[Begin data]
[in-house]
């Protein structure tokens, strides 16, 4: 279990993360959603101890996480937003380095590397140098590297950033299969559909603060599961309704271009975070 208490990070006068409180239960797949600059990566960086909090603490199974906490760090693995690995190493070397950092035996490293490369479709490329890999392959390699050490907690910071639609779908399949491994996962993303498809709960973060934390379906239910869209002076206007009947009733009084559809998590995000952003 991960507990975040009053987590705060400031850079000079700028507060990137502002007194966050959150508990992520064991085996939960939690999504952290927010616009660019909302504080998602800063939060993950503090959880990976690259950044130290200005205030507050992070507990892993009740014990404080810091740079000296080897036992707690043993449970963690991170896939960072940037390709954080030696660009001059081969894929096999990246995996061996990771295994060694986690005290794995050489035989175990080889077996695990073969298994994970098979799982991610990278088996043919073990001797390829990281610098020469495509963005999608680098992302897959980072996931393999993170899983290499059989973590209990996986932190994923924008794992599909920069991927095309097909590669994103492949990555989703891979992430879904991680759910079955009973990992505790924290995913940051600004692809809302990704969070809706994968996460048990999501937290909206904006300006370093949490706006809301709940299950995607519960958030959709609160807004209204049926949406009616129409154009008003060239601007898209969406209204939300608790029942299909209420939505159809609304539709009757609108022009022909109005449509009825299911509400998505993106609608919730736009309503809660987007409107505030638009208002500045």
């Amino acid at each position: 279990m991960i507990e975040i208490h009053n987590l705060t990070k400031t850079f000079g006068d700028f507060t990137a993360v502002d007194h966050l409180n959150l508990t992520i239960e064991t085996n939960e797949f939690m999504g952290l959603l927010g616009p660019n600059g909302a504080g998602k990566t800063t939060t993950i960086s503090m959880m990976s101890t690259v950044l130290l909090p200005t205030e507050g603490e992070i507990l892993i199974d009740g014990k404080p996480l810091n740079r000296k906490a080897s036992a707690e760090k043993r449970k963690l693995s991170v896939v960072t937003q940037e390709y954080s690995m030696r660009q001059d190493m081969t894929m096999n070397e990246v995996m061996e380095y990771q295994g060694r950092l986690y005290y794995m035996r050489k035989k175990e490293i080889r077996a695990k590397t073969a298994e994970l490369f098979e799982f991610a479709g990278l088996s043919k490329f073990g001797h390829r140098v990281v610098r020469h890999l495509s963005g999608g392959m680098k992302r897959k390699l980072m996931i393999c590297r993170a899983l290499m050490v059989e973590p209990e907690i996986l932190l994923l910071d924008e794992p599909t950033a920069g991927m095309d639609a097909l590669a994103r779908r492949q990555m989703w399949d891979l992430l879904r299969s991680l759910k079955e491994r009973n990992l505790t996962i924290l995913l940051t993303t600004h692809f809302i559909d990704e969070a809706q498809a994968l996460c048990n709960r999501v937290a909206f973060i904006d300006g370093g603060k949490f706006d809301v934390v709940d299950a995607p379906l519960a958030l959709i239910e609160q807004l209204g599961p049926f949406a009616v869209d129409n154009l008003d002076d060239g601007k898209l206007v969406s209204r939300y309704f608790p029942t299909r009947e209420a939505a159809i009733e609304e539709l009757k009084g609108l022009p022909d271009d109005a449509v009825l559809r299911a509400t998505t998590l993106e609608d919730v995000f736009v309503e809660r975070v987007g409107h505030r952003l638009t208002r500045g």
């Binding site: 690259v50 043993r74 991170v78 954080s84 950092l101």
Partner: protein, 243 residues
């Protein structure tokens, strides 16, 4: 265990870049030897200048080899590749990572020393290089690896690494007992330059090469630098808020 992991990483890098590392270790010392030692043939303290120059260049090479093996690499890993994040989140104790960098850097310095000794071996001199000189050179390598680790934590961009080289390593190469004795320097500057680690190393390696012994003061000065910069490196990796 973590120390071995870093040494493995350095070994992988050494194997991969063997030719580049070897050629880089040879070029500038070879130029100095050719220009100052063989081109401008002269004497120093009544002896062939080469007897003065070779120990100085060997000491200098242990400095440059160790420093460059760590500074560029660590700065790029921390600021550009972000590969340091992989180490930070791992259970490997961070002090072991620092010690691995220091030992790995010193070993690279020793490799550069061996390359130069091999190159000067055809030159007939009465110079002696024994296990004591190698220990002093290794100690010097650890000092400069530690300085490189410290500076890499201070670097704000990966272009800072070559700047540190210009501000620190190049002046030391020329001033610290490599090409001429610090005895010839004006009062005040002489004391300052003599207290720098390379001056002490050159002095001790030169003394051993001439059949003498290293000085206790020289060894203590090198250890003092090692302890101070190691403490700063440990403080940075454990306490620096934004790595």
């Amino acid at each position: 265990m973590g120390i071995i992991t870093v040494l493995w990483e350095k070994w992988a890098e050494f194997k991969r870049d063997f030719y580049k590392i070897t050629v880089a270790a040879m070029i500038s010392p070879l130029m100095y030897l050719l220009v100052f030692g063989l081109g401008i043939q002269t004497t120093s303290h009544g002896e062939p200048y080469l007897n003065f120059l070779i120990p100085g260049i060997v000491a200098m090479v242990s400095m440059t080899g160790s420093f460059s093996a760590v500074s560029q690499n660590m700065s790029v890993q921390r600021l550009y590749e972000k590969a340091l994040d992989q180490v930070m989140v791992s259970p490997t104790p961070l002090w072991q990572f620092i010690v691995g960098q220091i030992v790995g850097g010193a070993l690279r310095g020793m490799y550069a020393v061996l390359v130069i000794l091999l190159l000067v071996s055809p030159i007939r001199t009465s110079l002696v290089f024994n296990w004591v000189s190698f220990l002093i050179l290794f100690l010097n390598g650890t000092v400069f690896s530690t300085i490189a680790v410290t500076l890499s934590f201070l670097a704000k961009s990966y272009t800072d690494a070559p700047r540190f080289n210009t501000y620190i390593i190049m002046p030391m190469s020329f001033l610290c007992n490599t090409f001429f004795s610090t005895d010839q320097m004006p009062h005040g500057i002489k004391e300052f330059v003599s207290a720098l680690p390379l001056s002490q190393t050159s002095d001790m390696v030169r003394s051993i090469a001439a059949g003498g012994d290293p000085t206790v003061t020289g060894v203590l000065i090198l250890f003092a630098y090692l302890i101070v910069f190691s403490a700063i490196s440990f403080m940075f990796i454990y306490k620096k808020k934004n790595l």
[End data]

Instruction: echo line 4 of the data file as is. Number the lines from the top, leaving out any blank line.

């Binding site: 690259v50 043993r74 991170v78 954080s84 950092l101």